The shift of commerce from the physical
world to the virtual world will force companies to get in sync with
ecommerce or left behind by tomorrow’s business.
There are several components of internet EC systems, all of which
must inter-operate in a secure and reliable manner. For the buyer,
the principle component is a web browser and a connection to the
For the seller, the major components
include the following:
- A storefront system that presents
to the buyer the seller’s marketing materials and product catalog,
an ordering mechanism and customer service.
- A set of back-office systems that
accept, process and record transactions originating in the storefront
system. The back office consists of software systems from third-party
vendors for functions such as inventory management, customer management,
order processing and accounting, plus other plug-in modules for
credit or credit-card authorization, tax calculation or shipping
- A payment gateway that validates
and obtains credit-card authorization and ultimately processes
To achieve efficiency, and eventually
profitability, it is mandatory that EC enterprises achieve a high
level of integration between the web storefront and the back-office
systems and applications. Integration allows traditional retailers
and catalog merchants to leverage their existing systems and infrastructure.
Commerce, or merchant, servers first
came to market in late 1995 from IBM, Netscape and Open Market.
However, many sites at that time were custom-built to meet unique
needs and to provide functionality not available elsewhere, such
as integration with existing back-office systems. Since then, these
servers have advanced significantly.
Before selecting software for an EC
website, companies should establish decision criteria that address
specific business objectives– for example, to streamline operations
or establish a lower-cost distribution channel–and compare a potential
vendor’s ability to achieve them. Although most EC software vendors
can address both the consumer and business markets, they differentiate
themselves by emphasizing expertise within a specific market segment–business-to-consumer
or business-to-business–or a specific sell-side capability–transaction
management, ecatalog or storefront creation, personalization services,
and so on. In addition, vendor offerings vary widely in the extent
to which they provide a ready-made solution, with products that
range between a tools-oriented approach that provides a programming,
transaction and database management environment and more ‘out-of-the-box’
solutions that simplify the creation of a storefront or ecatalog
by using design templates or wizards.
Functions of commerce
Commerce servers can be
applied both to the business-to-business and business-to-consumer
markets, depending on how they are used.
Although catalog servers use different
underlying technologies, such as the Common Object Model (COM) in
Microsoft’s Site Server Commerce Edition or the Java object model
in Netscape’s Merchant Server, they basically address the same business
- Product information:
This function provides the information on a merchant’s products.
The merchant must create detailed product information and locate
that data inside a database that can be queried from the merchant
- Shopping cart:
This dynamically generated HTML form allows shoppers to accumulate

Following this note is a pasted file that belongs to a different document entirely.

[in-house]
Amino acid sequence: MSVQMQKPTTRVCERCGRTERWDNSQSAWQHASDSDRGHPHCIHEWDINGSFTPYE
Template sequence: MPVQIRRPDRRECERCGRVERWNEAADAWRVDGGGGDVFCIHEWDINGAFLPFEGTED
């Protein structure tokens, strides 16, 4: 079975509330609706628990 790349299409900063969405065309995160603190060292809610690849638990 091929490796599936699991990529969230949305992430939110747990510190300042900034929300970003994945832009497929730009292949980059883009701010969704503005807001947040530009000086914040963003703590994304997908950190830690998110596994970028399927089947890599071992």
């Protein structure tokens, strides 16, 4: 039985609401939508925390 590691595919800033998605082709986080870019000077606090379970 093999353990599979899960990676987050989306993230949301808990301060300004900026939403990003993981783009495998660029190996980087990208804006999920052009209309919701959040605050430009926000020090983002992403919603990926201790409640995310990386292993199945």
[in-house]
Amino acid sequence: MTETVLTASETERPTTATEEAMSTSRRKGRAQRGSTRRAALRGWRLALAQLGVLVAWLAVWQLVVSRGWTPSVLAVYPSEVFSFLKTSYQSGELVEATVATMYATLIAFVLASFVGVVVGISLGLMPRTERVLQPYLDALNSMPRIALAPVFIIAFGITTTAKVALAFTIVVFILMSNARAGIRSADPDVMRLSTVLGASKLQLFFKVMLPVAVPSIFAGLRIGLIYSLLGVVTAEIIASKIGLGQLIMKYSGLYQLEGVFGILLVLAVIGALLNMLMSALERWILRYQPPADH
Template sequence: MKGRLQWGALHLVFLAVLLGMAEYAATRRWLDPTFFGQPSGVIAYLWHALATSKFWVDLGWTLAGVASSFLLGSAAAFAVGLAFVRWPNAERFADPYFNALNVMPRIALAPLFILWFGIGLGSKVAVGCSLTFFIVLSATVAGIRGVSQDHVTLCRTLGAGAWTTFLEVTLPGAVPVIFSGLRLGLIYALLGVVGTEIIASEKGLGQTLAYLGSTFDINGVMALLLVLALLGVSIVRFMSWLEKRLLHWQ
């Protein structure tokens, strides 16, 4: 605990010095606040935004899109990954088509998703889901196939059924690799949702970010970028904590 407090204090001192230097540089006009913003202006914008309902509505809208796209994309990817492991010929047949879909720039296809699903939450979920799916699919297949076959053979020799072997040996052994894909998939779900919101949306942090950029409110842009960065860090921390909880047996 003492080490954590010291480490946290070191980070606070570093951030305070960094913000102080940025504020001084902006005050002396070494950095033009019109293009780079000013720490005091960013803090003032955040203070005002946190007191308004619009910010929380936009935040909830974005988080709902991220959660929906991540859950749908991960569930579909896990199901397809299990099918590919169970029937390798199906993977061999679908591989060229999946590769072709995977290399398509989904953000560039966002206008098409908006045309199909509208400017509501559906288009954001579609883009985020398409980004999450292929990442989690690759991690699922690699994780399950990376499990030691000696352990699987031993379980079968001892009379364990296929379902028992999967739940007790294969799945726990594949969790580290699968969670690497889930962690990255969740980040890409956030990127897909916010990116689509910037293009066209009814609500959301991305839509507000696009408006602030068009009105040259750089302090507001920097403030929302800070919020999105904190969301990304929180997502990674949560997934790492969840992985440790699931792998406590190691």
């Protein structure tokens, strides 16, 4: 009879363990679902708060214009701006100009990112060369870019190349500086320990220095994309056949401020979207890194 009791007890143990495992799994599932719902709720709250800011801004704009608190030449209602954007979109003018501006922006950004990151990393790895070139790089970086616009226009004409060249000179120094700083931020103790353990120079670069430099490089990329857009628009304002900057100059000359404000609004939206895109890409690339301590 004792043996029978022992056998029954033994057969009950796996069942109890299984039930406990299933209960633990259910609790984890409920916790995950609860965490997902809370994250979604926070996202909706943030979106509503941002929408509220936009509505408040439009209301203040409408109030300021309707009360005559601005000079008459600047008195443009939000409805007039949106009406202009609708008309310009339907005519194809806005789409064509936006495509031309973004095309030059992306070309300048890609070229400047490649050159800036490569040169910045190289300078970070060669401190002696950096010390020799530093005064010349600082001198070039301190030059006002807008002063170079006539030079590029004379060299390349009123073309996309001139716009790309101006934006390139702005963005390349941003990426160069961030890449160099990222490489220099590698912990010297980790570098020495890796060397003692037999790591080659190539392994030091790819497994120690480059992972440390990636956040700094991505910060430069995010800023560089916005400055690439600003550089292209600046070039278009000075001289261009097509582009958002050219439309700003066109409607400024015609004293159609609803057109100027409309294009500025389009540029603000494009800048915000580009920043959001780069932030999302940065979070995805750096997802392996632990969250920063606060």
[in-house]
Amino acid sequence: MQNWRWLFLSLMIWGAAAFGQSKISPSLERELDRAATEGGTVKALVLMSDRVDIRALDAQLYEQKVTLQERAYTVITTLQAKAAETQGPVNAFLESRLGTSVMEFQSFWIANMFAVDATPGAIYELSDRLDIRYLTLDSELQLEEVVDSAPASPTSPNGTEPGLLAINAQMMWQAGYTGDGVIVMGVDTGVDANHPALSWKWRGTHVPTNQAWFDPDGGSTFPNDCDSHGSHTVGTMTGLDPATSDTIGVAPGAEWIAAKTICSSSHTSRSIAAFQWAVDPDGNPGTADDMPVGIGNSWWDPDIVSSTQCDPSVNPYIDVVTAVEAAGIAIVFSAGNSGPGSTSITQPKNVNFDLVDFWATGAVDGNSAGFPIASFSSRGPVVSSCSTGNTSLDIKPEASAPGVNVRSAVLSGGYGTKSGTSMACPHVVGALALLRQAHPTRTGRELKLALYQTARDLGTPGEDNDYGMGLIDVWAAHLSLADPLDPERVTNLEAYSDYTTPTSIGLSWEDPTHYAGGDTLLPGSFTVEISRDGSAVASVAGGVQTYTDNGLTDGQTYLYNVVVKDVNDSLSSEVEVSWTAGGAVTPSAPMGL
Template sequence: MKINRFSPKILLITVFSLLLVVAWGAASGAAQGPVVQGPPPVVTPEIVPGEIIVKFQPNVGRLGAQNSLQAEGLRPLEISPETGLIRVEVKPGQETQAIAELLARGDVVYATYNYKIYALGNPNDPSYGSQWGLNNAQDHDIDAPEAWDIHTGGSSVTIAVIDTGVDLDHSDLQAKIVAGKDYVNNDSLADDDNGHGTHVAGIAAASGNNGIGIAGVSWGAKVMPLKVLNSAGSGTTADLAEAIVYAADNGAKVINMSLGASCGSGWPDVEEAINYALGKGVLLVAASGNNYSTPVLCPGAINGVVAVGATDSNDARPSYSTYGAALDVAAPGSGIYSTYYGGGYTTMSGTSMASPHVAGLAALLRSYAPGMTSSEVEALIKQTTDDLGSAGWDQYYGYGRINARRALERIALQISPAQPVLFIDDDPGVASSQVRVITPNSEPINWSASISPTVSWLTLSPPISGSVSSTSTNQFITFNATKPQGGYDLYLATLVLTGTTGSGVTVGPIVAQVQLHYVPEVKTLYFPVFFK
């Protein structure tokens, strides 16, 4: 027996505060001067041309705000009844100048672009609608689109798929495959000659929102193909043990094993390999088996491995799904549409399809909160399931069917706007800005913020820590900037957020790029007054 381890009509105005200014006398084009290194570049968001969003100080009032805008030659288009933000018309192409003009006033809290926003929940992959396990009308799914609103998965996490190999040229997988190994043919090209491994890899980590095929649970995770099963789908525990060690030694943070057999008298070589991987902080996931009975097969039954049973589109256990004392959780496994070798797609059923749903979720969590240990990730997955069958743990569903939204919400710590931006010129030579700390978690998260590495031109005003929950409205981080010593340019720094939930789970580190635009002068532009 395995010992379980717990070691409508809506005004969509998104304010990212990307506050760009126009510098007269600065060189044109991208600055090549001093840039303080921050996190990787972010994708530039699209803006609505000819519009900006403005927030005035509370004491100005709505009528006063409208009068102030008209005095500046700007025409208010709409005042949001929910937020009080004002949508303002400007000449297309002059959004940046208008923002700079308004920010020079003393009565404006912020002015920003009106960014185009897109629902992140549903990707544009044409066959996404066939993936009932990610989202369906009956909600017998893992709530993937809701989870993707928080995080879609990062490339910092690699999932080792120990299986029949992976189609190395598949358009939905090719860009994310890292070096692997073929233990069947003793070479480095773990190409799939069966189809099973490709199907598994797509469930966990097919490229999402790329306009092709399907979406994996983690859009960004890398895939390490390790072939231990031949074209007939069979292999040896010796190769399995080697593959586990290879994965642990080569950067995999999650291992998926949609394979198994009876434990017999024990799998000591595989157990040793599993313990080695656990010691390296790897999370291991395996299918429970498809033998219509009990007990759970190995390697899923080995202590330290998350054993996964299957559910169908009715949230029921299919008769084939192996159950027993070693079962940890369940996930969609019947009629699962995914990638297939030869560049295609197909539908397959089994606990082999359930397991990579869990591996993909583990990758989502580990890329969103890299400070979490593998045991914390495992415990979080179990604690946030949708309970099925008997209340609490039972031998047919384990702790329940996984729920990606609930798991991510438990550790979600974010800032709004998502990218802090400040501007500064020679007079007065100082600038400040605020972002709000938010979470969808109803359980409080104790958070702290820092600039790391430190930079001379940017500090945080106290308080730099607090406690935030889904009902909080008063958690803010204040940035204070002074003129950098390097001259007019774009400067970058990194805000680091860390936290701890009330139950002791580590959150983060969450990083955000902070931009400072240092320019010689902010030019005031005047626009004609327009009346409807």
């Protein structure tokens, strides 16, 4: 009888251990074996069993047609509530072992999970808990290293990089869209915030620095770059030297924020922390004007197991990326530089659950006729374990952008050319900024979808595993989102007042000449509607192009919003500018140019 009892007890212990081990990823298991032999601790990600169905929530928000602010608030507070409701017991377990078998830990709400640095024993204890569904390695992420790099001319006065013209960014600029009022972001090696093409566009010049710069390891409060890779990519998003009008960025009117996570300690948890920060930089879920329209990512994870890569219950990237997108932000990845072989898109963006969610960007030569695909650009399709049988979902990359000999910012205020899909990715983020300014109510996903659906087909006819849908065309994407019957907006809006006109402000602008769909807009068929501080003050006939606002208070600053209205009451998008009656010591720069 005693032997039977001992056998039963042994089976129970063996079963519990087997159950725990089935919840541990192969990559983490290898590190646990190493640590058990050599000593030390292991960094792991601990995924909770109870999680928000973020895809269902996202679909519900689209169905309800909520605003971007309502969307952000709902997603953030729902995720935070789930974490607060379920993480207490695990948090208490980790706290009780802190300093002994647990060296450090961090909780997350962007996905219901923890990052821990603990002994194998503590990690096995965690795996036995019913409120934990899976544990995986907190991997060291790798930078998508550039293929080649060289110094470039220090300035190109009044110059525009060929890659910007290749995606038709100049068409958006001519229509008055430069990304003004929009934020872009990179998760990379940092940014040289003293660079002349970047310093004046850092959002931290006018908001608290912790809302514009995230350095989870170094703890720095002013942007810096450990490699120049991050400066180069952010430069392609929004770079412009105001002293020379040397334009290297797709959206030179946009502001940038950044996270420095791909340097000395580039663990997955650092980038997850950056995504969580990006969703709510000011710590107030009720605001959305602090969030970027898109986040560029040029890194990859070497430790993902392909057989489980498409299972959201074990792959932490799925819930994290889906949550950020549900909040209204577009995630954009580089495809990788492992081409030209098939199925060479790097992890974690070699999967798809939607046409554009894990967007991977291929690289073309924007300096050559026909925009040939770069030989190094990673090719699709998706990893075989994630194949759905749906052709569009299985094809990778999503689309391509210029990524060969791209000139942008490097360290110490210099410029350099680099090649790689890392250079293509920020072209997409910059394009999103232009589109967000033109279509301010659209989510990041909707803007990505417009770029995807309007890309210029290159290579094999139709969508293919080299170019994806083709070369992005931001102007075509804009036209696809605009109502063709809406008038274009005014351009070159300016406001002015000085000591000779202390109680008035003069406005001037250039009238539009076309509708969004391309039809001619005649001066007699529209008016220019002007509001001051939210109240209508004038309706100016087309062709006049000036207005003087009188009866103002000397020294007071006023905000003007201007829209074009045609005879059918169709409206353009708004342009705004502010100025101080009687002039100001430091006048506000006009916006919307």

products they want to buy and to perform basic functions such
as a total cost calculation. Using the shopping cart, buyers can
continue adding items from a site; add, delete or change line
items; and place a single order at the end of the shopping experience.
- Merchant information:
This feature provides the merchant’s policies on sales returns,
and refunds and supplies basic ordering information.
- Shopper information:
This function gathers information about the buyer and, in the
case of personalization technologies, the data needed to personalize
the web page displayed for that shopper. For example, the merchant
server may generate product information and pricing tailored to
a particular corporate customer.
- Order initialization
and inventory check: By
making calls to a product inventory database, the merchant server
determines if an order can be processed, prepares the order for
fulfillment based on product availability and correctness of the
configuration, and informs the shopper of the order status.
- Order price adjustment:
This is another part of
the personalization process. At this stage, prices are set for
a particular customer or according to business rules, such as
specials and volume discounts.
This function calculates the total shipping charge for the order.
It often is tied into services provided by delivery companies
and other back-end warehouse applications for order fulfillment.
Merchant servers commonly rely on integrated third-party tax calculation
vendors such as Taxware to determine necessary local and notional
taxes. These amounts are added to the total being calculated on
the shopping cart.
This state handles payment details, whether it is via purchase
order in a business-to-business setting or via credit-card payment
by consumers. This aspect of the transaction often is tied into
a payment processing service.
This step lets the customer know a product has been ordered and
provides a digital record of the purchase.
The shift of the realm of commerce from the physical world to the
virtual world is a paradigmatic one. This is a direct fallout of
ecommerce and it has vastly changed the very parameters of conducting
business. While it promises precision, accuracy and improved connectivity
among the various business processes, it also calls for equally
informed, precise and coherent management of those very processes.
In its sheer ability to trigger a complete revamping of the various
processes informing the business world, ecommerce poses new challenges
and even newer solutions.
Technology Forecast 1999